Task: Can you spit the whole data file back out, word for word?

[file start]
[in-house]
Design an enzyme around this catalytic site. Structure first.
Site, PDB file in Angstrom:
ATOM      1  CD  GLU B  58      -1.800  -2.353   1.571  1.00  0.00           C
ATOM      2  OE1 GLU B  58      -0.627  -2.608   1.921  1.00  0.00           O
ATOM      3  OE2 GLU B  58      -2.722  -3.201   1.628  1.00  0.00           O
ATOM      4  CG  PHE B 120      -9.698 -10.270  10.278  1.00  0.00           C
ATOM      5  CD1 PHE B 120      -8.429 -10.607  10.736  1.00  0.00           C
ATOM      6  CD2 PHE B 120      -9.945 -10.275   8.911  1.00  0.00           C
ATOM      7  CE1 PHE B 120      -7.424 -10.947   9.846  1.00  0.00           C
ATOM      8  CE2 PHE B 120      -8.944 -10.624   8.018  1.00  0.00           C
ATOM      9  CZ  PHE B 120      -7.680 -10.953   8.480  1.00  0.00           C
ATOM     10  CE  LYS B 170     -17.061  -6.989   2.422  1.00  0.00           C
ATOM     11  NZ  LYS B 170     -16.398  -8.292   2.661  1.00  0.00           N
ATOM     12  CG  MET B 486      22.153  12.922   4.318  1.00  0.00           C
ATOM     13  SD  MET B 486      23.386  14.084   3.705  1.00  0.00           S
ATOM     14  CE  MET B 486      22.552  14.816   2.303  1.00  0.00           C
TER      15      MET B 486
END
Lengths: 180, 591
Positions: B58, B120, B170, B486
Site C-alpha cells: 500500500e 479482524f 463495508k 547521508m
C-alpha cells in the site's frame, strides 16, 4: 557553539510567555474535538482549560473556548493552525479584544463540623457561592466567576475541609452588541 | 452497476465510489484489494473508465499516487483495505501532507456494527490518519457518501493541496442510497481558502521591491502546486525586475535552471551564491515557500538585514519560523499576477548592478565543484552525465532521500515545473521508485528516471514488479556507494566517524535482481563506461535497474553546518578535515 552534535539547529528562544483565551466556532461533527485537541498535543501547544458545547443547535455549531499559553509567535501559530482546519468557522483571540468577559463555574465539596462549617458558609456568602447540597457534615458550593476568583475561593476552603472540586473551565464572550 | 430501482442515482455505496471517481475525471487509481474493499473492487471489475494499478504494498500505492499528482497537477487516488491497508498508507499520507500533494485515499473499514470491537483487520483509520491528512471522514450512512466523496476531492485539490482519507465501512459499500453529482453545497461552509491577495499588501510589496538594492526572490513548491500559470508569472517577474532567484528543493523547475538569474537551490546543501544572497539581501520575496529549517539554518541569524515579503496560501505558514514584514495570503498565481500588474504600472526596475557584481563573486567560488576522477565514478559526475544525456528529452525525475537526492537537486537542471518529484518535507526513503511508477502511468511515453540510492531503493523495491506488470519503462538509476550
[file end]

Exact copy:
[in-house]
Design an enzyme around this catalytic site. Structure first.
Site, PDB file in Angstrom:
ATOM      1  CD  GLU B  58      -1.800  -2.353   1.571  1.00  0.00           C
ATOM      2  OE1 GLU B  58      -0.627  -2.608   1.921  1.00  0.00           O
ATOM      3  OE2 GLU B  58      -2.722  -3.201   1.628  1.00  0.00           O
ATOM      4  CG  PHE B 120      -9.698 -10.270  10.278  1.00  0.00           C
ATOM      5  CD1 PHE B 120      -8.429 -10.607  10.736  1.00  0.00           C
ATOM      6  CD2 PHE B 120      -9.945 -10.275   8.911  1.00  0.00           C
ATOM      7  CE1 PHE B 120      -7.424 -10.947   9.846  1.00  0.00           C
ATOM      8  CE2 PHE B 120      -8.944 -10.624   8.018  1.00  0.00           C
ATOM      9  CZ  PHE B 120      -7.680 -10.953   8.480  1.00  0.00           C
ATOM     10  CE  LYS B 170     -17.061  -6.989   2.422  1.00  0.00           C
ATOM     11  NZ  LYS B 170     -16.398  -8.292   2.661  1.00  0.00           N
ATOM     12  CG  MET B 486      22.153  12.922   4.318  1.00  0.00           C
ATOM     13  SD  MET B 486      23.386  14.084   3.705  1.00  0.00           S
ATOM     14  CE  MET B 486      22.552  14.816   2.303  1.00  0.00           C
TER      15      MET B 486
END
Lengths: 180, 591
Positions: B58, B120, B170, B486
Site C-alpha cells: 500500500e 479482524f 463495508k 547521508m
C-alpha cells in the site's frame, strides 16, 4: 557553539510567555474535538482549560473556548493552525479584544463540623457561592466567576475541609452588541 | 452497476465510489484489494473508465499516487483495505501532507456494527490518519457518501493541496442510497481558502521591491502546486525586475535552471551564491515557500538585514519560523499576477548592478565543484552525465532521500515545473521508485528516471514488479556507494566517524535482481563506461535497474553546518578535515 552534535539547529528562544483565551466556532461533527485537541498535543501547544458545547443547535455549531499559553509567535501559530482546519468557522483571540468577559463555574465539596462549617458558609456568602447540597457534615458550593476568583475561593476552603472540586473551565464572550 | 430501482442515482455505496471517481475525471487509481474493499473492487471489475494499478504494498500505492499528482497537477487516488491497508498508507499520507500533494485515499473499514470491537483487520483509520491528512471522514450512512466523496476531492485539490482519507465501512459499500453529482453545497461552509491577495499588501510589496538594492526572490513548491500559470508569472517577474532567484528543493523547475538569474537551490546543501544572497539581501520575496529549517539554518541569524515579503496560501505558514514584514495570503498565481500588474504600472526596475557584481563573486567560488576522477565514478559526475544525456528529452525525475537526492537537486537542471518529484518535507526513503511508477502511468511515453540510492531503493523495491506488470519503462538509476550